Obama confident trade deal will pass Congress

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President Obama said Monday he’s confident that Congress will overcome election-year gridlock and approve the Trans-Pacific Partnership (TPP) trade agreement.

{mosads}Obama acknowledged during a news conference in Vietnam that passing trade deals is tough, especially during a political campaign when the issue is hotly debated.

“Having said that, I remain confident we’re going to get it done,” he told reporters. “It’s good for the country. It’s good for America. It’s good for the region. It’s good for the world.”

Obama is looking to reassure Asian nations that the deal is still on track for passage despite growing political opposition to it in the U.S.

The trade deal, which was finalized last fall, is the biggest piece of the administration’s emerging relationship with Vietnam, a Cold War-era foe. Persuading Congress to ratify the 12-nation trade deal is near the top of Obama’s final-year agenda.

But the TPP has drawn opposition from members in both parties in Congress along with the leading Democratic and Republican presidential candidates, Hillary Clinton and Donald Trump.

Critics of the deal say it could lead to American firms shipping jobs overseas to countries with lower wages, including Vietnam. They also have said the labor and environmental protections in the deal are not strong enough.

Despite the dwindling time left on this year’s congressional calendar and reluctance from House and Senate leaders to hold a vote on the package, Obama insisted the Pacific Rim trade pact has a strong chance of passage.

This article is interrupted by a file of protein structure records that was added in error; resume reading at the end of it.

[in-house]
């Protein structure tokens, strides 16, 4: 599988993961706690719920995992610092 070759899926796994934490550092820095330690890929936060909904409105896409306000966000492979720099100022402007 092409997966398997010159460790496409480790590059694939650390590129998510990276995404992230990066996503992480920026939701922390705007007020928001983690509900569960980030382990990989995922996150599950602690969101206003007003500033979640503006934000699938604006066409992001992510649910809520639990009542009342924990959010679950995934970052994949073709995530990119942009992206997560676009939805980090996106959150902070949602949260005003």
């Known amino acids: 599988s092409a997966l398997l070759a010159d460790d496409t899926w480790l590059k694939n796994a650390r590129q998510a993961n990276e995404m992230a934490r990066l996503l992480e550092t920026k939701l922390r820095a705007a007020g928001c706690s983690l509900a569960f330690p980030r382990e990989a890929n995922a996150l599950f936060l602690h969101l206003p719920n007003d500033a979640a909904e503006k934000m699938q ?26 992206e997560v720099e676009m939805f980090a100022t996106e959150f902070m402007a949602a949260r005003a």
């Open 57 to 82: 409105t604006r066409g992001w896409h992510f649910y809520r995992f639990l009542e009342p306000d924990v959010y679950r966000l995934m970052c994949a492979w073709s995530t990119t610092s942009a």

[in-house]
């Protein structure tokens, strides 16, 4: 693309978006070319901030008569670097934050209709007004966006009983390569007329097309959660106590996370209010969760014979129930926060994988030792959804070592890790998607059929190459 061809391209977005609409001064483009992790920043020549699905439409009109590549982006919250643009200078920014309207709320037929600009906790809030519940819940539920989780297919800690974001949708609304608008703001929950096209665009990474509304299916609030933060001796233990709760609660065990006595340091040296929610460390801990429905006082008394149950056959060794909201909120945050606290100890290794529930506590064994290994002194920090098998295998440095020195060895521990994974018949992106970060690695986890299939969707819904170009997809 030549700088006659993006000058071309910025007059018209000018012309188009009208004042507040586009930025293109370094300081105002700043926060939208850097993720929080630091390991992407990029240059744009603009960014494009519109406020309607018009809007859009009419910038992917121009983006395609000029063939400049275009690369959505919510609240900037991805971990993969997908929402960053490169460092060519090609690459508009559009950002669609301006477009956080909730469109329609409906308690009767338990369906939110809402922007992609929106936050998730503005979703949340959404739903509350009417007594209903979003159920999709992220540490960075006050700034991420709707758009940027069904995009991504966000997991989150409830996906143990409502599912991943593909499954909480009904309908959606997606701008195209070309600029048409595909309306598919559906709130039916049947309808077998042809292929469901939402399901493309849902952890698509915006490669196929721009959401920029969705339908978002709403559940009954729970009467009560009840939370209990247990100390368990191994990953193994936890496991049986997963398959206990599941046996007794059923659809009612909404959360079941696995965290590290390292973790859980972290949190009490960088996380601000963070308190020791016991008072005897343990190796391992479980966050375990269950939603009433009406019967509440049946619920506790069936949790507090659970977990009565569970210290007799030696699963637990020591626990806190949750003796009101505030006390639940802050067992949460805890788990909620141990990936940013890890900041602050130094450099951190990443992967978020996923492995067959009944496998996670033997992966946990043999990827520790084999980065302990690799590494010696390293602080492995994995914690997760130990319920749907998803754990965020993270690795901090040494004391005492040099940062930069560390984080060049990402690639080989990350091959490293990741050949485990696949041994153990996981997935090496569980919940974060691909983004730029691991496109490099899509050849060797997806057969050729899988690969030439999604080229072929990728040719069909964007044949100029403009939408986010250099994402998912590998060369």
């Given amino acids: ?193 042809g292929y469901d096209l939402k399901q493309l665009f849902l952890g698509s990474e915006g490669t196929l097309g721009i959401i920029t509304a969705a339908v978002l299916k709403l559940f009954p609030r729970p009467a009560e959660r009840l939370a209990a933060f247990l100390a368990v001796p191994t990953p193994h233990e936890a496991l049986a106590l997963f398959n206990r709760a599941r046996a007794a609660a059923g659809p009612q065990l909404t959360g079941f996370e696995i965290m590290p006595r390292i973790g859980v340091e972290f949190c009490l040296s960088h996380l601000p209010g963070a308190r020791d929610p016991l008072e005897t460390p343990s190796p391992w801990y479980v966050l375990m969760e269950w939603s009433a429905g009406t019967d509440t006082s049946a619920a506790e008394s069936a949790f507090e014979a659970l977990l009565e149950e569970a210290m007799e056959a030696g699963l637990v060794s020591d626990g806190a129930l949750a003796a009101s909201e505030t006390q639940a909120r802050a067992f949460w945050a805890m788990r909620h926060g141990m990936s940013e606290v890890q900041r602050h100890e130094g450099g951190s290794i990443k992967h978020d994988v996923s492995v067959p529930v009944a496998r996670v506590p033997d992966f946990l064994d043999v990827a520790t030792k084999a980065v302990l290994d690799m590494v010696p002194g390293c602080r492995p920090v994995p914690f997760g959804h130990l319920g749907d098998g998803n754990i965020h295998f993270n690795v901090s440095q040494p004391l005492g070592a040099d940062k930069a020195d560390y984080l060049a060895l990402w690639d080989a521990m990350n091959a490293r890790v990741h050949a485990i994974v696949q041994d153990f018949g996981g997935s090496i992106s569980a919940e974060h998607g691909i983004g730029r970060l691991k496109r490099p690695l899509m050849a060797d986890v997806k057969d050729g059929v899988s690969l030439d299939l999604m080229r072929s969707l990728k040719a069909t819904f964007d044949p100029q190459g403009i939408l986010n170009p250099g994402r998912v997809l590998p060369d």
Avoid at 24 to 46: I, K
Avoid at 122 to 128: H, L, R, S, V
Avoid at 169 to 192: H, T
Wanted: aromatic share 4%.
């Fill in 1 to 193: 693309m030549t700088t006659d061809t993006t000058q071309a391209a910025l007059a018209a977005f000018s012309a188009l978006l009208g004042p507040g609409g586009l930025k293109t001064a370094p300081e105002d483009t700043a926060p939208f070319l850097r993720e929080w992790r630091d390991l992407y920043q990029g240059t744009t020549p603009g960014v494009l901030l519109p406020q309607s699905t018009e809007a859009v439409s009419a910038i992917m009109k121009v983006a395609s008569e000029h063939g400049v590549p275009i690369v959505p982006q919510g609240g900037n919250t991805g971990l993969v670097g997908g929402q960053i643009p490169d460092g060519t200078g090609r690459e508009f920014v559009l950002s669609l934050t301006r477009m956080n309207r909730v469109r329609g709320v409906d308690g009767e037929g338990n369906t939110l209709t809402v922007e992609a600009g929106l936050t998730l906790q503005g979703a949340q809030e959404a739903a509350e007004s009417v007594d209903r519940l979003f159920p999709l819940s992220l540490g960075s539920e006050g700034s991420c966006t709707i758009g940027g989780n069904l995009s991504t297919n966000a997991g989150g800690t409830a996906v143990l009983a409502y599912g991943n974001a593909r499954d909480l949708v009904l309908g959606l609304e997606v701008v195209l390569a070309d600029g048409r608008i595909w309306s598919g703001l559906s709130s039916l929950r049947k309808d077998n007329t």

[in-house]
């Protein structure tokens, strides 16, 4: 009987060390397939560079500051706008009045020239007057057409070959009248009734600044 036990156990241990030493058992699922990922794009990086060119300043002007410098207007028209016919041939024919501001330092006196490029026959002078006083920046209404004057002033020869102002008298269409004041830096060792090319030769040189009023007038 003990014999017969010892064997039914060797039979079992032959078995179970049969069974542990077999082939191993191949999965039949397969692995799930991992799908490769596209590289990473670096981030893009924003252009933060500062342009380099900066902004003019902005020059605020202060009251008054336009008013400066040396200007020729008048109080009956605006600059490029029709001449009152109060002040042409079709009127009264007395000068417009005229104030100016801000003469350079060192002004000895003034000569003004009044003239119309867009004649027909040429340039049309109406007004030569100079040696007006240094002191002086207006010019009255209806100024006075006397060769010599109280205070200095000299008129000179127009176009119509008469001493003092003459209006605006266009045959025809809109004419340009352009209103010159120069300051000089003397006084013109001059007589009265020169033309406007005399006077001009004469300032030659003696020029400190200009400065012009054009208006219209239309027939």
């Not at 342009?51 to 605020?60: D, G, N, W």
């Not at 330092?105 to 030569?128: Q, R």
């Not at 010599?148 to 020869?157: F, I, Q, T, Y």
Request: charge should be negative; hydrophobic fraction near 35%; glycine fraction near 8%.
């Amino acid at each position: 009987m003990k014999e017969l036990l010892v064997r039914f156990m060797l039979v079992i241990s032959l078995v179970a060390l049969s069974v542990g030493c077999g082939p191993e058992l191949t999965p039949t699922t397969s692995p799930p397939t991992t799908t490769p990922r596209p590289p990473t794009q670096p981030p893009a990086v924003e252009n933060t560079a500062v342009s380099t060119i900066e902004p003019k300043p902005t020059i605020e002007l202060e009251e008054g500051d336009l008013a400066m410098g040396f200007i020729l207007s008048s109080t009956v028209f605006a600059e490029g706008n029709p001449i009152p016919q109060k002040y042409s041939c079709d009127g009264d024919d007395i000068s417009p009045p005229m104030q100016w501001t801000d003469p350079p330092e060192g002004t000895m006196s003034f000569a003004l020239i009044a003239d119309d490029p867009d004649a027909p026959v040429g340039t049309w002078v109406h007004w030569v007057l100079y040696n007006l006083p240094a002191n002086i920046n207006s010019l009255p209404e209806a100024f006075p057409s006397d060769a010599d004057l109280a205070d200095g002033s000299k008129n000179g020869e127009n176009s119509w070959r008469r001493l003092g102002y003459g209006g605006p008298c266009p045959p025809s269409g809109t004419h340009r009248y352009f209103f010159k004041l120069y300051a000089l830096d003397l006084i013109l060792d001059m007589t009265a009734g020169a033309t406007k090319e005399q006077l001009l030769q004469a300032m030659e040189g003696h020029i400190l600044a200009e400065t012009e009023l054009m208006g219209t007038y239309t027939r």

“The politics of it will be noisy,” he said, adding that was true for past trade deals with Panama, Colombia and South Korea.

“But we got them done. And I’m confident that we’ll get them done this time, as well, although there will be ups and downs and bumps along the way.”

Obama said the deal would allow the U.S. to deal with trade issues in a fair way and open growing markets in Asia and South America to U.S. goods. He also defended the worker and environmental protections in the deal.

“I have not yet seen a credible argument that once we get TPP in place we’re going to be worse off. We are demonstrably better off,” he said. “American workers and American businesses are better off if we get this deal passed.”

Obama spent the first of three days in Vietnam meeting with the nation’s leaders and finalizing a series of business deals worth around $16 billion, an announcement meant to bolster trade ties.

Vietnamese airline VietJet has agreed to purchase 100 Boeing aircraft and Pratt & Whitney engines. General Electric also brokered a wind energy agreement with the Vietnamese government.

“Deals like these are a win for both of our countries — helping to fuel Vietnam’s economic growth and supporting tens of thousands of American jobs,” Obama said.

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